— Brandon

A rhapsody of a pilsner

There is nothing frightening about this Bohemian pilsner. Right, Galileo?

This past week saw some wonderful new projects come to fruition for ABQ’s beer community. Luckily that meant stopping by La Cumbre’a new westside location. The Thunderbolts and Lightning Pilsner by far stole the spotlight among the expanded tap list with its brilliant clarity, and clean, pleasant light citrus, and refined, distinctive malt character. The excitement is certainly building as we enter Oktoberfest season as well- keep an eye out for all the new releases!

— Jerrad

Red Door abruptly closed its taproom on Wyoming last Friday, but patrons were able to enjoy one last pint or two.

The last month-plus has seen good and bad news coming out of several off-site taprooms around Albuquerque, ranging from two openings to two closings to other potential developments that have left folks wondering if the bubble is bursting. As a public service, we tried to sort through the rumors and figure out the solid facts.

On the good front, La Cumbre Westside and Tractor Westside are both humming along. Tractor opened first on McMahon, just east of Unser, and quickly captured the vibe of its other locations. La Cumbre opened to huge crowds with a touch of the original location blended with a more modern atmosphere. We also got good news that Quarter Celtic will open its first taproom in early 2019.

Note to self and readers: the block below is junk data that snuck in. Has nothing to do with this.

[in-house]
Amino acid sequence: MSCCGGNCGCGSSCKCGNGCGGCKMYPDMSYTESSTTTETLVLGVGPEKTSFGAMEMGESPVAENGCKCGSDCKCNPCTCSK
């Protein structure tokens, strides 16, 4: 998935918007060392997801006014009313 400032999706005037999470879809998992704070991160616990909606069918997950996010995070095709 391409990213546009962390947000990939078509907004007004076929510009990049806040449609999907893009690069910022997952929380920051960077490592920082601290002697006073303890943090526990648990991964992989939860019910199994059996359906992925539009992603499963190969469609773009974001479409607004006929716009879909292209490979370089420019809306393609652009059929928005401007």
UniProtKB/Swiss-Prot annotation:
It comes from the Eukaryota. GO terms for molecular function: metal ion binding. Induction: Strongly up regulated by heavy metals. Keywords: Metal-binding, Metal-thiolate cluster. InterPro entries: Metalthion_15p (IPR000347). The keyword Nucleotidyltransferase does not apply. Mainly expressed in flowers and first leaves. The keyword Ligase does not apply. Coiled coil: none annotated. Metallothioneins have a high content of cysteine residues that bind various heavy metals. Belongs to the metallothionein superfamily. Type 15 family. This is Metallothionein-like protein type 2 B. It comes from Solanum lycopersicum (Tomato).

Then, there was everything else. First came the news at the end of July that Monks’ Corner was closing its doors. The location at Third and Silver was never able to draw in the crowds like Abbey Brewing had hoped, and in the end, the decision was made to shut down that taproom. Whether or not a replacement ever opens is something that will be decided at a later time.

Of course, since then, events might have given Abbey a reason to pause. All of us in the Crew were as surprised as anyone when Red Door abruptly announced the closure of its Northeast Heights taproom at Wyoming and Comanche. The taproom was packed with folks on Friday night, answering the call to help drink up as much of the beer on hand as possible. By the time I arrived around 9 p.m., there were only four house beers and the cider left on tap. All the seasonals were long gone.